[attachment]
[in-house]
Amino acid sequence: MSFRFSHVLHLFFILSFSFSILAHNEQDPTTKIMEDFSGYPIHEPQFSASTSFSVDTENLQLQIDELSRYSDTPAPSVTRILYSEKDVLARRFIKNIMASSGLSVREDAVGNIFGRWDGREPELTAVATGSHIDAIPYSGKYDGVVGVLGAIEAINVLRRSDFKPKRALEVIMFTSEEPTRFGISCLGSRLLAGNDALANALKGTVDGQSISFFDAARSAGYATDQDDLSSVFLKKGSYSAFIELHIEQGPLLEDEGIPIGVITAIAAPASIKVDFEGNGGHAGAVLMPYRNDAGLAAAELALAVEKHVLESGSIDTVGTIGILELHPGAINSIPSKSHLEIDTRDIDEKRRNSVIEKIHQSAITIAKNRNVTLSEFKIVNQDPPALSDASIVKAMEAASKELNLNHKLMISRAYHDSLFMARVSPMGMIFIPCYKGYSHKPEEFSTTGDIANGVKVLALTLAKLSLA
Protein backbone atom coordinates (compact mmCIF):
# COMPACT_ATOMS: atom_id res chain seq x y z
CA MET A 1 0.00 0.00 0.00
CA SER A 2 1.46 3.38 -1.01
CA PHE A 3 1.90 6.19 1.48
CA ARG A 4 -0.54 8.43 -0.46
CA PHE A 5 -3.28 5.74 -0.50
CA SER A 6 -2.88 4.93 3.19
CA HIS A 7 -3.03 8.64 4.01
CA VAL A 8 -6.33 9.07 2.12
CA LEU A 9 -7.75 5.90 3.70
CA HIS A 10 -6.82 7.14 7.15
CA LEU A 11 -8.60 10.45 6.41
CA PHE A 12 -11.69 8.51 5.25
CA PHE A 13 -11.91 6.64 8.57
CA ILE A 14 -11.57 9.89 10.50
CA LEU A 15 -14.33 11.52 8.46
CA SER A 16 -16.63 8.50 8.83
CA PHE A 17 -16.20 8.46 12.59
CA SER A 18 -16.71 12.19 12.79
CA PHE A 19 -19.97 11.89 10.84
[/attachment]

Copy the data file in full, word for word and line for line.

[in-house]
Amino acid sequence: MSFRFSHVLHLFFILSFSFSILAHNEQDPTTKIMEDFSGYPIHEPQFSASTSFSVDTENLQLQIDELSRYSDTPAPSVTRILYSEKDVLARRFIKNIMASSGLSVREDAVGNIFGRWDGREPELTAVATGSHIDAIPYSGKYDGVVGVLGAIEAINVLRRSDFKPKRALEVIMFTSEEPTRFGISCLGSRLLAGNDALANALKGTVDGQSISFFDAARSAGYATDQDDLSSVFLKKGSYSAFIELHIEQGPLLEDEGIPIGVITAIAAPASIKVDFEGNGGHAGAVLMPYRNDAGLAAAELALAVEKHVLESGSIDTVGTIGILELHPGAINSIPSKSHLEIDTRDIDEKRRNSVIEKIHQSAITIAKNRNVTLSEFKIVNQDPPALSDASIVKAMEAASKELNLNHKLMISRAYHDSLFMARVSPMGMIFIPCYKGYSHKPEEFSTTGDIANGVKVLALTLAKLSLA
Protein backbone atom coordinates (compact mmCIF):
# COMPACT_ATOMS: atom_id res chain seq x y z
CA MET A 1 0.00 0.00 0.00
CA SER A 2 1.46 3.38 -1.01
CA PHE A 3 1.90 6.19 1.48
CA ARG A 4 -0.54 8.43 -0.46
CA PHE A 5 -3.28 5.74 -0.50
CA SER A 6 -2.88 4.93 3.19
CA HIS A 7 -3.03 8.64 4.01
CA VAL A 8 -6.33 9.07 2.12
CA LEU A 9 -7.75 5.90 3.70
CA HIS A 10 -6.82 7.14 7.15
CA LEU A 11 -8.60 10.45 6.41
CA PHE A 12 -11.69 8.51 5.25
CA PHE A 13 -11.91 6.64 8.57
CA ILE A 14 -11.57 9.89 10.50
CA LEU A 15 -14.33 11.52 8.46
CA SER A 16 -16.63 8.50 8.83
CA PHE A 17 -16.20 8.46 12.59
CA SER A 18 -16.71 12.19 12.79
CA PHE A 19 -19.97 11.89 10.84